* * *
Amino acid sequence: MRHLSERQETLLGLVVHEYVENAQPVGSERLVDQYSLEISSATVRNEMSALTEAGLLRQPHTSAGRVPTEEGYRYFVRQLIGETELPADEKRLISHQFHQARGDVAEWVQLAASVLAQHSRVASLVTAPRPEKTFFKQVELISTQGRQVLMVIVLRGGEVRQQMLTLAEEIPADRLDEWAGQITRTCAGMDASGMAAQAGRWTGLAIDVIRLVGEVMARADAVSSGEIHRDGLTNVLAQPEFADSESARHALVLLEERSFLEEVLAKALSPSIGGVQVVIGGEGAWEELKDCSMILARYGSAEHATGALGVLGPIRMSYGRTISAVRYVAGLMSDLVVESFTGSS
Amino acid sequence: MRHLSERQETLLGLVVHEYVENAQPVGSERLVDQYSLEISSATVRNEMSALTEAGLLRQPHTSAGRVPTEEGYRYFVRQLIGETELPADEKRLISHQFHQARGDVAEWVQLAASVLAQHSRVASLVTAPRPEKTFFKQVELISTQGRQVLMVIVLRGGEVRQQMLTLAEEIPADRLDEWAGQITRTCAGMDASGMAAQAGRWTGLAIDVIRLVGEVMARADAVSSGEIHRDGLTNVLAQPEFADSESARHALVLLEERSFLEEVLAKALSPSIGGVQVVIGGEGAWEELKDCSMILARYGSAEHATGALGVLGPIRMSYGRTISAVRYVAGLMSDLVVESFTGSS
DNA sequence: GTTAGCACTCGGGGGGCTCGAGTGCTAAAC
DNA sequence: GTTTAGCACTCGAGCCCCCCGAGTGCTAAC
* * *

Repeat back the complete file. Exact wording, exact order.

Amino acid sequence: MRHLSERQETLLGLVVHEYVENAQPVGSERLVDQYSLEISSATVRNEMSALTEAGLLRQPHTSAGRVPTEEGYRYFVRQLIGETELPADEKRLISHQFHQARGDVAEWVQLAASVLAQHSRVASLVTAPRPEKTFFKQVELISTQGRQVLMVIVLRGGEVRQQMLTLAEEIPADRLDEWAGQITRTCAGMDASGMAAQAGRWTGLAIDVIRLVGEVMARADAVSSGEIHRDGLTNVLAQPEFADSESARHALVLLEERSFLEEVLAKALSPSIGGVQVVIGGEGAWEELKDCSMILARYGSAEHATGALGVLGPIRMSYGRTISAVRYVAGLMSDLVVESFTGSS
Amino acid sequence: MRHLSERQETLLGLVVHEYVENAQPVGSERLVDQYSLEISSATVRNEMSALTEAGLLRQPHTSAGRVPTEEGYRYFVRQLIGETELPADEKRLISHQFHQARGDVAEWVQLAASVLAQHSRVASLVTAPRPEKTFFKQVELISTQGRQVLMVIVLRGGEVRQQMLTLAEEIPADRLDEWAGQITRTCAGMDASGMAAQAGRWTGLAIDVIRLVGEVMARADAVSSGEIHRDGLTNVLAQPEFADSESARHALVLLEERSFLEEVLAKALSPSIGGVQVVIGGEGAWEELKDCSMILARYGSAEHATGALGVLGPIRMSYGRTISAVRYVAGLMSDLVVESFTGSS
DNA sequence: GTTAGCACTCGGGGGGCTCGAGTGCTAAAC
DNA sequence: GTTTAGCACTCGAGCCCCCCGAGTGCTAAC